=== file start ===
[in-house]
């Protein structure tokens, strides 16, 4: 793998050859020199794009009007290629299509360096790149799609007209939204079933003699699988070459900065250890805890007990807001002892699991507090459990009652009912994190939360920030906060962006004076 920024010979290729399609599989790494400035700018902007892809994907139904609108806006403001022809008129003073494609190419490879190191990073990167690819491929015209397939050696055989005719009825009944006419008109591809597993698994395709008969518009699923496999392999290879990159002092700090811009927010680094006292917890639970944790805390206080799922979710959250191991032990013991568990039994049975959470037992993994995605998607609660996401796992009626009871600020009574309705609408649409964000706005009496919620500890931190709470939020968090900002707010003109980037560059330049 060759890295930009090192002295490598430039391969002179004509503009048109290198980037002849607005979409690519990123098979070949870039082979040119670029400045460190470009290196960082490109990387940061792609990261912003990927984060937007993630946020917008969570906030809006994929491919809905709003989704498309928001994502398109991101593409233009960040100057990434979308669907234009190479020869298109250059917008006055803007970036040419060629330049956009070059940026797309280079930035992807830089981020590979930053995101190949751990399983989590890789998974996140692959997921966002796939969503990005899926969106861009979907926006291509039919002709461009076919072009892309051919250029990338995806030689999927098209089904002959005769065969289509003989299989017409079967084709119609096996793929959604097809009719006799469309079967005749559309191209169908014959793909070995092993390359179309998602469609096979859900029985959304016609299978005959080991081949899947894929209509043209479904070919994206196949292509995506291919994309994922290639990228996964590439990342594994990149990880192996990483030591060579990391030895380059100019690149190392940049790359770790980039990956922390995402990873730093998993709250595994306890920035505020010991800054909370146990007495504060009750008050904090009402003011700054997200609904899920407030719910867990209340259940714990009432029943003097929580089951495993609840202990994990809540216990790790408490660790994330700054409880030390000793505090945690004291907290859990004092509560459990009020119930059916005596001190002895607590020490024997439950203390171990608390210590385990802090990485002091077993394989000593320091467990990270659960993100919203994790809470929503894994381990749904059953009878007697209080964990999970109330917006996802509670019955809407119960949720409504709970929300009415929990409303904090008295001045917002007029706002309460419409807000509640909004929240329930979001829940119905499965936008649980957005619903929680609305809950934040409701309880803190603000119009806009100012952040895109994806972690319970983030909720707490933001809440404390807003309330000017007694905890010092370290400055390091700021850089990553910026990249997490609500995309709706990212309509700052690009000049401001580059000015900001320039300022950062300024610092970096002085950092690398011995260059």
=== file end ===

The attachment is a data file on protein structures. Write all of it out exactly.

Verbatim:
[in-house]
């Protein structure tokens, strides 16, 4: 793998050859020199794009009007290629299509360096790149799609007209939204079933003699699988070459900065250890805890007990807001002892699991507090459990009652009912994190939360920030906060962006004076 920024010979290729399609599989790494400035700018902007892809994907139904609108806006403001022809008129003073494609190419490879190191990073990167690819491929015209397939050696055989005719009825009944006419008109591809597993698994395709008969518009699923496999392999290879990159002092700090811009927010680094006292917890639970944790805390206080799922979710959250191991032990013991568990039994049975959470037992993994995605998607609660996401796992009626009871600020009574309705609408649409964000706005009496919620500890931190709470939020968090900002707010003109980037560059330049 060759890295930009090192002295490598430039391969002179004509503009048109290198980037002849607005979409690519990123098979070949870039082979040119670029400045460190470009290196960082490109990387940061792609990261912003990927984060937007993630946020917008969570906030809006994929491919809905709003989704498309928001994502398109991101593409233009960040100057990434979308669907234009190479020869298109250059917008006055803007970036040419060629330049956009070059940026797309280079930035992807830089981020590979930053995101190949751990399983989590890789998974996140692959997921966002796939969503990005899926969106861009979907926006291509039919002709461009076919072009892309051919250029990338995806030689999927098209089904002959005769065969289509003989299989017409079967084709119609096996793929959604097809009719006799469309079967005749559309191209169908014959793909070995092993390359179309998602469609096979859900029985959304016609299978005959080991081949899947894929209509043209479904070919994206196949292509995506291919994309994922290639990228996964590439990342594994990149990880192996990483030591060579990391030895380059100019690149190392940049790359770790980039990956922390995402990873730093998993709250595994306890920035505020010991800054909370146990007495504060009750008050904090009402003011700054997200609904899920407030719910867990209340259940714990009432029943003097929580089951495993609840202990994990809540216990790790408490660790994330700054409880030390000793505090945690004291907290859990004092509560459990009020119930059916005596001190002895607590020490024997439950203390171990608390210590385990802090990485002091077993394989000593320091467990990270659960993100919203994790809470929503894994381990749904059953009878007697209080964990999970109330917006996802509670019955809407119960949720409504709970929300009415929990409303904090008295001045917002007029706002309460419409807000509640909004929240329930979001829940119905499965936008649980957005619903929680609305809950934040409701309880803190603000119009806009100012952040895109994806972690319970983030909720707490933001809440404390807003309330000017007694905890010092370290400055390091700021850089990553910026990249997490609500995309709706990212309509700052690009000049401001580059000015900001320039300022950062300024610092970096002085950092690398011995260059």